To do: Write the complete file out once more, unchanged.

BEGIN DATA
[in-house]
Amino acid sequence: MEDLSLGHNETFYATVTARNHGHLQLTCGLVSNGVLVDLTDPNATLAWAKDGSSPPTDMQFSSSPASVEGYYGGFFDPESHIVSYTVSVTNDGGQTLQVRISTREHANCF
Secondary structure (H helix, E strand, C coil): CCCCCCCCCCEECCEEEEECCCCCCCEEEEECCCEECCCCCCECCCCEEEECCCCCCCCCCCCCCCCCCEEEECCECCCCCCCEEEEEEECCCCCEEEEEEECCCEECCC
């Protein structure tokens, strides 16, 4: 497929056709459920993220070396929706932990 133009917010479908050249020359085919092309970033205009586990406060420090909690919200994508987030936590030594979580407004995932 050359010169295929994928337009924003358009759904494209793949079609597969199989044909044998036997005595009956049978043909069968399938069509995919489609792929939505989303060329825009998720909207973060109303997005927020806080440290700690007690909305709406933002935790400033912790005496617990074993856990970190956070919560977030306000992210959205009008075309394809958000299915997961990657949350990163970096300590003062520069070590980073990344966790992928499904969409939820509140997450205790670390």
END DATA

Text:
[in-house]
Amino acid sequence: MEDLSLGHNETFYATVTARNHGHLQLTCGLVSNGVLVDLTDPNATLAWAKDGSSPPTDMQFSSSPASVEGYYGGFFDPESHIVSYTVSVTNDGGQTLQVRISTREHANCF
Secondary structure (H helix, E strand, C coil): CCCCCCCCCCEECCEEEEECCCCCCCEEEEECCCEECCCCCCECCCCEEEECCCCCCCCCCCCCCCCCCEEEECCECCCCCCCEEEEEEECCCCCEEEEEEECCCEECCC
């Protein structure tokens, strides 16, 4: 497929056709459920993220070396929706932990 133009917010479908050249020359085919092309970033205009586990406060420090909690919200994508987030936590030594979580407004995932 050359010169295929994928337009924003358009759904494209793949079609597969199989044909044998036997005595009956049978043909069968399938069509995919489609792929939505989303060329825009998720909207973060109303997005927020806080440290700690007690909305709406933002935790400033912790005496617990074993856990970190956070919560977030306000992210959205009008075309394809958000299915997961990657949350990163970096300590003062520069070590980073990344966790992928499904969409939820509140997450205790670390």